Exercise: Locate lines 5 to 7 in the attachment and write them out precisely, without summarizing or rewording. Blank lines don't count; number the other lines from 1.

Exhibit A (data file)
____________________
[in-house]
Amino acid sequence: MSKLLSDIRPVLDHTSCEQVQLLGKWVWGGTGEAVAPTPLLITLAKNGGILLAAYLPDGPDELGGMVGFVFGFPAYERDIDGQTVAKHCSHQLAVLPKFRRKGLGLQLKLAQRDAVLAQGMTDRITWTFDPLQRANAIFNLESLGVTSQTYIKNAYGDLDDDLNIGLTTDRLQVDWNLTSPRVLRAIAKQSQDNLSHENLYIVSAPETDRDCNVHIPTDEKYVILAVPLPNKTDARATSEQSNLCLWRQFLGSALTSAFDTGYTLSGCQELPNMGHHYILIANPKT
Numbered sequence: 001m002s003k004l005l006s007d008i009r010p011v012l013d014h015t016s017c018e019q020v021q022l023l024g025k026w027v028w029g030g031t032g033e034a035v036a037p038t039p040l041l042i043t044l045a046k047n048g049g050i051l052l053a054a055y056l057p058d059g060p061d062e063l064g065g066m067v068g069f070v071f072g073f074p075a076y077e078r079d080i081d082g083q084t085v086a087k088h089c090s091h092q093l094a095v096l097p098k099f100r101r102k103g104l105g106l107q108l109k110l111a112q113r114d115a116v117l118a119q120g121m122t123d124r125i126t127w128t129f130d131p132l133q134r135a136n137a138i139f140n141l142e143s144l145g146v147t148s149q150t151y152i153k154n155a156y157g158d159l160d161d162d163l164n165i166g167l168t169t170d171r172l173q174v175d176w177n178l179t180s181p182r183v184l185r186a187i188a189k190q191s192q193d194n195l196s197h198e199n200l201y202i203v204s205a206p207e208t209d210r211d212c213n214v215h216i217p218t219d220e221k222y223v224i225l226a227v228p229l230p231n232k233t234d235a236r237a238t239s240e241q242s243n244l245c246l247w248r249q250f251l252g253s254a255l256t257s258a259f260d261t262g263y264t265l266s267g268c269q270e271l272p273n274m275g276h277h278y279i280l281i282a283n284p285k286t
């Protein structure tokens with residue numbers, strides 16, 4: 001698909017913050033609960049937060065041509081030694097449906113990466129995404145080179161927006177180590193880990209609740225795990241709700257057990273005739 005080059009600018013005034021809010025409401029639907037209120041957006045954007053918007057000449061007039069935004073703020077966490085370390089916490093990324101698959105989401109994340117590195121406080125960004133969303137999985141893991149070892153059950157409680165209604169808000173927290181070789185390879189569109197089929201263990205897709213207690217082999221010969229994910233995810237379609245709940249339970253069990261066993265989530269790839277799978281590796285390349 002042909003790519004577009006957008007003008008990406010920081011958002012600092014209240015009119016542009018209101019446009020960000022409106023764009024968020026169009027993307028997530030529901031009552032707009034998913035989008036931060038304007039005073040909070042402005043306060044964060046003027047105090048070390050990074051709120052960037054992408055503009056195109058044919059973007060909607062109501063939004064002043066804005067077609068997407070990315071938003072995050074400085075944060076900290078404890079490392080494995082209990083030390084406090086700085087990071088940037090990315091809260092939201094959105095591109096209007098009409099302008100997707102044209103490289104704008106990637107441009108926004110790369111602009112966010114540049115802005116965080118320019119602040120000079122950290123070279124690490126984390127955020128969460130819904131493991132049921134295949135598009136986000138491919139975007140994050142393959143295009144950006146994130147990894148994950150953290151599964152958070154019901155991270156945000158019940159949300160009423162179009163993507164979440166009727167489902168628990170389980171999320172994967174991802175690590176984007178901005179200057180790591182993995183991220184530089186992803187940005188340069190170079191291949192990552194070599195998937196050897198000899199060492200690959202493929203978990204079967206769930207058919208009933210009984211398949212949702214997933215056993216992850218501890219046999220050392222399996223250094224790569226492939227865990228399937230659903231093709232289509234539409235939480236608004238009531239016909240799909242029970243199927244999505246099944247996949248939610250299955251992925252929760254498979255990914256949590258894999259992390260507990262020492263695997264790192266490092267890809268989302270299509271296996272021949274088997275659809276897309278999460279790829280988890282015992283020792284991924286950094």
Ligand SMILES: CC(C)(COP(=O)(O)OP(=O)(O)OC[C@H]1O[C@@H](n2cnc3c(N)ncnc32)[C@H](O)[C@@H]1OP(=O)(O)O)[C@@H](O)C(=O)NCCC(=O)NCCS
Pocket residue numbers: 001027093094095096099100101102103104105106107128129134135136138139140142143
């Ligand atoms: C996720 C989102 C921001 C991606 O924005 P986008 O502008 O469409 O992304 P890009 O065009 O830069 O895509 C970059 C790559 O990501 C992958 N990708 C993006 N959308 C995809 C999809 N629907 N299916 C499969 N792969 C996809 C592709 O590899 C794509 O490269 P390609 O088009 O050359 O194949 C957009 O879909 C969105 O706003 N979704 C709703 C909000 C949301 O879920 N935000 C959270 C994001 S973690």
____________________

Ligand SMILES: CC(C)(COP(=O)(O)OP(=O)(O)OC[C@H]1O[C@@H](n2cnc3c(N)ncnc32)[C@H](O)[C@@H]1OP(=O)(O)O)[C@@H](O)C(=O)NCCC(=O)NCCS
Pocket residue numbers: 001027093094095096099100101102103104105106107128129134135136138139140142143
């Ligand atoms: C996720 C989102 C921001 C991606 O924005 P986008 O502008 O469409 O992304 P890009 O065009 O830069 O895509 C970059 C790559 O990501 C992958 N990708 C993006 N959308 C995809 C999809 N629907 N299916 C499969 N792969 C996809 C592709 O590899 C794509 O490269 P390609 O088009 O050359 O194949 C957009 O879909 C969105 O706003 N979704 C709703 C909000 C949301 O879920 N935000 C959270 C994001 S973690």